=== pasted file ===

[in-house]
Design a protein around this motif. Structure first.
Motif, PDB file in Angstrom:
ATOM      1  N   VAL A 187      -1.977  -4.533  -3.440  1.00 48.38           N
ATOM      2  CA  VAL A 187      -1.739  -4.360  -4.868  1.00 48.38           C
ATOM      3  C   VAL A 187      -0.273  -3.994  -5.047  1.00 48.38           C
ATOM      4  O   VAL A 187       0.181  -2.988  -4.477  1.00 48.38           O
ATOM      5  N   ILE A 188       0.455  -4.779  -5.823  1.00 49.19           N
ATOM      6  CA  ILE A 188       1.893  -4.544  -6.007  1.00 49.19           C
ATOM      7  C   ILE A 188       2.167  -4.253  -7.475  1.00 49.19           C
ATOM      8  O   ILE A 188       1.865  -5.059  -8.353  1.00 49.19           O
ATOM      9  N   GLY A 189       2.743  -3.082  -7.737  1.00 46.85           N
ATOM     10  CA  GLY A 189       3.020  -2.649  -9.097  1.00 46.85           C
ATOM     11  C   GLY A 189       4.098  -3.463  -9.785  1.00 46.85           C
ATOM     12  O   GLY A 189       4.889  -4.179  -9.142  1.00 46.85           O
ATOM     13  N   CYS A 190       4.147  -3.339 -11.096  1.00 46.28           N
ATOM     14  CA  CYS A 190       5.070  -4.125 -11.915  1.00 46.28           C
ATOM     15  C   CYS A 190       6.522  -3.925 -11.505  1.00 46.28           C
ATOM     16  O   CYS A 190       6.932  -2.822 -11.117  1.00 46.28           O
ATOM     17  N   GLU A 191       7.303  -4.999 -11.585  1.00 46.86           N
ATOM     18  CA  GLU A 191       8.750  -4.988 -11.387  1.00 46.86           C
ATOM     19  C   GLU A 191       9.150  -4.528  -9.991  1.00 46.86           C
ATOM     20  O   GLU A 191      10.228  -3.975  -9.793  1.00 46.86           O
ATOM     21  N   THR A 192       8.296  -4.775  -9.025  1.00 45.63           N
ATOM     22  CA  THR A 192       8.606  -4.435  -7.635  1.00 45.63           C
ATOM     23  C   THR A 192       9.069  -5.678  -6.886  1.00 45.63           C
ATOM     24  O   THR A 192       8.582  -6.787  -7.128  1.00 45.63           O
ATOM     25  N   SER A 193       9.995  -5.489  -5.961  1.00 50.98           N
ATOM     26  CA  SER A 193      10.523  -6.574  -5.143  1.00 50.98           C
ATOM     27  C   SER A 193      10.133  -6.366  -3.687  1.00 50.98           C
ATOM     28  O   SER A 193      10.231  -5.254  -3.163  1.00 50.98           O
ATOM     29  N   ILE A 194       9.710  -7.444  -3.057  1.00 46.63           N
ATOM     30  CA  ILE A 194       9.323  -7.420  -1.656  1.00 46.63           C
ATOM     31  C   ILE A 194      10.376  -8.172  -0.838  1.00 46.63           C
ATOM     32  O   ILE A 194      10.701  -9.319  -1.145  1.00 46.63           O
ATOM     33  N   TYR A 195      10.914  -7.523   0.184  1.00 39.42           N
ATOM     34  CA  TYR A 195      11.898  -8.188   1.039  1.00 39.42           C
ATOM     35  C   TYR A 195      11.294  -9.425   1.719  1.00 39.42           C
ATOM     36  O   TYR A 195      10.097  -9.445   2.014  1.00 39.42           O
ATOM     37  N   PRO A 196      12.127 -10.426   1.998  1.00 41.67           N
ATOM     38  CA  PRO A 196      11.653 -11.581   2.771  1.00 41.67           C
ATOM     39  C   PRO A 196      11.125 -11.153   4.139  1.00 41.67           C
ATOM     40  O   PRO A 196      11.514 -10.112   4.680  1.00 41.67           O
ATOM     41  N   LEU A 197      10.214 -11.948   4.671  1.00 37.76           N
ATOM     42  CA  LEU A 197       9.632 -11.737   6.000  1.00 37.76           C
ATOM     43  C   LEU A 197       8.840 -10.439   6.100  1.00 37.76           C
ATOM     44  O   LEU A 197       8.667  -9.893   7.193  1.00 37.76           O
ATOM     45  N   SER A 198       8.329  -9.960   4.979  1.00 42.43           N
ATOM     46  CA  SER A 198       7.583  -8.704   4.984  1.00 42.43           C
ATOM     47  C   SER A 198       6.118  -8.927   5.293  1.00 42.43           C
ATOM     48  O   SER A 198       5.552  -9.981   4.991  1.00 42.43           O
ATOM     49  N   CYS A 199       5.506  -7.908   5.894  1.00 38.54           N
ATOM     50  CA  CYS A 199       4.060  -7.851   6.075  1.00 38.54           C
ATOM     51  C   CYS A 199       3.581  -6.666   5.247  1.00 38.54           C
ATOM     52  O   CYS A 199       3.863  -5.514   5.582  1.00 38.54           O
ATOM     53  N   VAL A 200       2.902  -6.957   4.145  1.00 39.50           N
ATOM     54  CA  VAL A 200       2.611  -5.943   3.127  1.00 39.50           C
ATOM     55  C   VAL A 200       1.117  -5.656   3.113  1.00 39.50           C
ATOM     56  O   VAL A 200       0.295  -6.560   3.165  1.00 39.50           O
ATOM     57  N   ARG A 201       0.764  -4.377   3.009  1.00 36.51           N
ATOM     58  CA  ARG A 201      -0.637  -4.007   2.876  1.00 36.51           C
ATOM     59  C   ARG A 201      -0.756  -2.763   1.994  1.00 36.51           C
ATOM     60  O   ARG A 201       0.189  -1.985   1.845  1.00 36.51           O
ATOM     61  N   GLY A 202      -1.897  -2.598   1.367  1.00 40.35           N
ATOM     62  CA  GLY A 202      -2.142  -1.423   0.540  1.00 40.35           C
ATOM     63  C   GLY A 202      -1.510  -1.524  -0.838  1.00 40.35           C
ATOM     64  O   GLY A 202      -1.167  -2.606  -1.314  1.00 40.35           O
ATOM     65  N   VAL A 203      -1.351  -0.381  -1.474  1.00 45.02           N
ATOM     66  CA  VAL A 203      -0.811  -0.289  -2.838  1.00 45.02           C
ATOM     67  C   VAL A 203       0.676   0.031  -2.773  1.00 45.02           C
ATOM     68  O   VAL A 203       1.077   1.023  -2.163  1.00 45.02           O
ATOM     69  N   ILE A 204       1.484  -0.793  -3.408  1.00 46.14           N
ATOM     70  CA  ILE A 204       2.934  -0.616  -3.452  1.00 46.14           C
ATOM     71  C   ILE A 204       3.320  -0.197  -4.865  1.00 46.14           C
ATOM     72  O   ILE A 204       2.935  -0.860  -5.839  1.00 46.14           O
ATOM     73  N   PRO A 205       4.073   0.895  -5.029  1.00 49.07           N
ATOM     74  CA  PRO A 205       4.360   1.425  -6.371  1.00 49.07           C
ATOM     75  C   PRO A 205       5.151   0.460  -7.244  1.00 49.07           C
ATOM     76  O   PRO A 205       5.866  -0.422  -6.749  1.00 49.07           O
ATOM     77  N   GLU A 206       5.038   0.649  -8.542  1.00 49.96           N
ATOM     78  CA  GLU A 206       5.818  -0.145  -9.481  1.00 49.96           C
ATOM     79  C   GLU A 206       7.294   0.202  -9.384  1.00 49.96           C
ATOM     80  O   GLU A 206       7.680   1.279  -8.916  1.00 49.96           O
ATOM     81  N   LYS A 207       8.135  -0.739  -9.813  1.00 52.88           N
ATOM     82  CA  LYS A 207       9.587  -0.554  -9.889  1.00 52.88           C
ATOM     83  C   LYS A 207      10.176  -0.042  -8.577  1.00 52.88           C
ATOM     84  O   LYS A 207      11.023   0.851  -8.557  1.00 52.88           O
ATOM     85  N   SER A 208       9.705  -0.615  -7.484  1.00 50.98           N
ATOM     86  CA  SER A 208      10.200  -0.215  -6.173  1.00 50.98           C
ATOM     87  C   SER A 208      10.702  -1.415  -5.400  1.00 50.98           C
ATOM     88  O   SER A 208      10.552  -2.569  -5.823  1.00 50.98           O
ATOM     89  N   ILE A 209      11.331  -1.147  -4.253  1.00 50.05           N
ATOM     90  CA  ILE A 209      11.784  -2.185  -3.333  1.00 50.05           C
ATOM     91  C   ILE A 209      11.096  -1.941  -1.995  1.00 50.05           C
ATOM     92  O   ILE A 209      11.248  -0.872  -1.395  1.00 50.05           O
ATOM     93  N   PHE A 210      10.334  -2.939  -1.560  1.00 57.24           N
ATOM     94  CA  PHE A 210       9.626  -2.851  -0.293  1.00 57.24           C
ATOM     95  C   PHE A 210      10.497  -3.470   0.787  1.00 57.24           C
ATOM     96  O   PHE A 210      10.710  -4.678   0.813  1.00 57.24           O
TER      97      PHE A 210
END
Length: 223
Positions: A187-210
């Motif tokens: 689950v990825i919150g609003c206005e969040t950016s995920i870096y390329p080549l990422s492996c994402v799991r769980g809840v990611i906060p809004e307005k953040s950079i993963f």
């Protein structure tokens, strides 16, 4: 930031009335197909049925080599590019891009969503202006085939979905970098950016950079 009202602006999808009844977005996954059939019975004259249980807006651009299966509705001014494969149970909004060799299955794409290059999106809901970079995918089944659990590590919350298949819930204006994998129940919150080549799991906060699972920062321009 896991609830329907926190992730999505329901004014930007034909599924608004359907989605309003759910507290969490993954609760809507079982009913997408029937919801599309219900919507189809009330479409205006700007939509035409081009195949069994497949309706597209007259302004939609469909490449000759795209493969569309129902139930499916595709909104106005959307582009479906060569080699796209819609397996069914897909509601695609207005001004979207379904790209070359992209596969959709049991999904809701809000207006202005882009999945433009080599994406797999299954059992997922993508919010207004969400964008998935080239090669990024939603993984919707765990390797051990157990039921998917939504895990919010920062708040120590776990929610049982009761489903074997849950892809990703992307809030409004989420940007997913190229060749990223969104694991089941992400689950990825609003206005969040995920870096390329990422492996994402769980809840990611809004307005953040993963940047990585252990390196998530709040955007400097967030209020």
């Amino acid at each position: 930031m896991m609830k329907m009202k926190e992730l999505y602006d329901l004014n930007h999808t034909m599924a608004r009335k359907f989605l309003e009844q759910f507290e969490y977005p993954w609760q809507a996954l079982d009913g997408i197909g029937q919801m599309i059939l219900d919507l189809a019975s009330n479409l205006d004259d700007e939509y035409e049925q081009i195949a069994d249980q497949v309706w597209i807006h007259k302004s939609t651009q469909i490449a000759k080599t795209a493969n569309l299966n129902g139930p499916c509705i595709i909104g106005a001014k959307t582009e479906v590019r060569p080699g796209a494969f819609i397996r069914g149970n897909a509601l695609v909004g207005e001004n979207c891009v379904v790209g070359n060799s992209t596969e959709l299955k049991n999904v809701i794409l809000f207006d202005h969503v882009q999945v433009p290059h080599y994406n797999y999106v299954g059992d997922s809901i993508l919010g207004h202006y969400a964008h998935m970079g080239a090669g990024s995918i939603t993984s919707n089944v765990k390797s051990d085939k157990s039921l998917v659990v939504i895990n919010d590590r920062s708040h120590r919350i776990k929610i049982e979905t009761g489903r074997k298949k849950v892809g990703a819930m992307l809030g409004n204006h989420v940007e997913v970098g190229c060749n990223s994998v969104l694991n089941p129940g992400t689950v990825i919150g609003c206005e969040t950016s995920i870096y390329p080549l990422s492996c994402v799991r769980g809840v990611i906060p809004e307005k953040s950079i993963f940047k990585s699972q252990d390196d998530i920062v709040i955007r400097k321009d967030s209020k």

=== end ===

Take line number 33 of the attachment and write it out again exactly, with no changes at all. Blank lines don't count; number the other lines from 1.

ATOM     30  CA  ILE A 194       9.323  -7.420  -1.656  1.00 46.63           C